9. Stay current with crime trends  – Knowing what’s happening in your neighborhood and those around you can help you understand the possible warning signs of impending crime. Know what’s happening and be ready to report any suspicious activity to your local law enforcement. Staying up-to-date with the news and crime trends can help your community stay proactive and involved, and out of those dreadful headlines (unless of course it’s to celebrate your awesome clean-up day or community events!).

By focusing on a safer community, you can work toward protecting you, your family, and those around you from falling victim to crimes that could leave your community devastated. By getting more involved or following any other tips mentioned above, you can help lead the way in creating a safer community for everyone.


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What Is A Smart Or Connected Home?

by TammyFebruary 11, 2015

You know the feeling. You leave for work, get halfway to the office, and wonder, “Did I lock the door?” Then, you contemplate your options. You could head back home to check the door or drive to work risking that the door might be unlocked and an intruder could get inside, steal everything you own, and you wind up coming home to an empty entertainment center, gutted house, and a missing dog. That is, unless you have a smart, or connected, home.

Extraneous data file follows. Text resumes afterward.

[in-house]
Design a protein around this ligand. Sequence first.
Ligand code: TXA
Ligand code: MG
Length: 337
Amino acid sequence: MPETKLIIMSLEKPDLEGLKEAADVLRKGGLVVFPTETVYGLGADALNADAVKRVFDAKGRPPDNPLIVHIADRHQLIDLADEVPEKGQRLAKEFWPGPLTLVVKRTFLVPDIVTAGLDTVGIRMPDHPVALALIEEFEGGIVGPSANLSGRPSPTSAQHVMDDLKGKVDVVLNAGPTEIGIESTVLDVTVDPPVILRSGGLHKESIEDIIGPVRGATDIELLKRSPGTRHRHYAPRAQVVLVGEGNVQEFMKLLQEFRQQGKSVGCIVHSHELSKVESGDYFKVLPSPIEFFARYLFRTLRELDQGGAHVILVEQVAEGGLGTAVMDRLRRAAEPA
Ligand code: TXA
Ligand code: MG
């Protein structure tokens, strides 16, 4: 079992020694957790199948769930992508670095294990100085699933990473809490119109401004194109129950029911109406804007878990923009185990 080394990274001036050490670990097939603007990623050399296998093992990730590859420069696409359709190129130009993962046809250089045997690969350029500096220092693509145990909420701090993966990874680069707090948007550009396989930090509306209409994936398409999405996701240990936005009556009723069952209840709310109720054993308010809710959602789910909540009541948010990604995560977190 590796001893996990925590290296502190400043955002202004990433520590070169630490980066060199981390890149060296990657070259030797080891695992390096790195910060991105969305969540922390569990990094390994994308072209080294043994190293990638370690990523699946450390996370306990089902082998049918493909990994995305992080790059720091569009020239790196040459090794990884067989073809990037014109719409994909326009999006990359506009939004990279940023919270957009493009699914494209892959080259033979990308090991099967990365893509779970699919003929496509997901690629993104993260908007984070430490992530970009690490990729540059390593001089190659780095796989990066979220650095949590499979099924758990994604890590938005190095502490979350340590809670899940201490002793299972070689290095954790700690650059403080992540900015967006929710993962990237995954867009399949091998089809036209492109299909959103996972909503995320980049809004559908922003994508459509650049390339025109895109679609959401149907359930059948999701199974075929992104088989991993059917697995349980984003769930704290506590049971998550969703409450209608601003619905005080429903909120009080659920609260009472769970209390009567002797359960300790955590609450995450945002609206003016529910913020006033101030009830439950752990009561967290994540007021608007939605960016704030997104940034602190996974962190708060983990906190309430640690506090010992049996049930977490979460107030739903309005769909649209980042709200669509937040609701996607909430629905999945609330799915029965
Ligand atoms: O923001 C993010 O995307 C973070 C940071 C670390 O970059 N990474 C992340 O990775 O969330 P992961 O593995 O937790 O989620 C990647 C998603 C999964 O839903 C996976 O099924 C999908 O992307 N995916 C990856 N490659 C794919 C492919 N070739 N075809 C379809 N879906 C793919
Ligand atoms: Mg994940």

The connected home is becoming more common as technology evolves and changes how we live our everyday lives. A connected home is one that quiets all those little worries you have when you walk out the door. Are the doors locked? Did I turn out all the lights? Is the air conditioner still running?

Simply put, a connected home is one that uses the technology of the Internet of Things (IoT) and has home appliances and accessories that are connected to the Internet.

This year at the 2015 Consumer Electronics Show (CES), the connected home showcase occupied a sizeable amount of show floor real estate. Although this category made its big splash last year, this year it evolved from its preliminary conceptual stages and moved deeper into implementation by featuring products that homeowners could consider and add to their homes right away (in other words, the uses became more applicable and prices more affordable).

From automated sweepers to smart locks, the gadgets at CES impressed and overwhelmed. Through the featured products, we discovered that almost anything electric – lights, heat, locks – can be connected to a home automation system, allowing the devices to communicate and be controlled remotely by any array of digital devices (e.g., smart phones, tablets, etc.).

Here are a few categories that are now a part of the expanding world of the IoT and the associated products that are making their way through our front doors.

Appliances. When it comes to appliances, there are refrigerators connected to the Internet and even dog food bowls that can be controlled through a couple taps within an app. Other appliances include microwaves, ovens, and interestingly enough, slow cookers.

Lighting. A connected home can absolutely help you save money and conserve electricity by utilizing the features of smart lighting. With smart light bulbs and corresponding apps, a lighting schedule can be planned so the lights are turned on and off, avoiding wasted energy. The bonus is that you can even create a lighting schedule so you don’t have to install multiple timers into your electrical outlets just to appear as if you’re home while you’re out for the evening or enjoying a vacation.

Temperature Control. And back to saving money, temperature controls can help you save by controlling and regulating your home temperature, even from afar. By pre-setting temperatures and monitoring any fluctuations, you can easily change the temperature through an app, even if you’re across the country.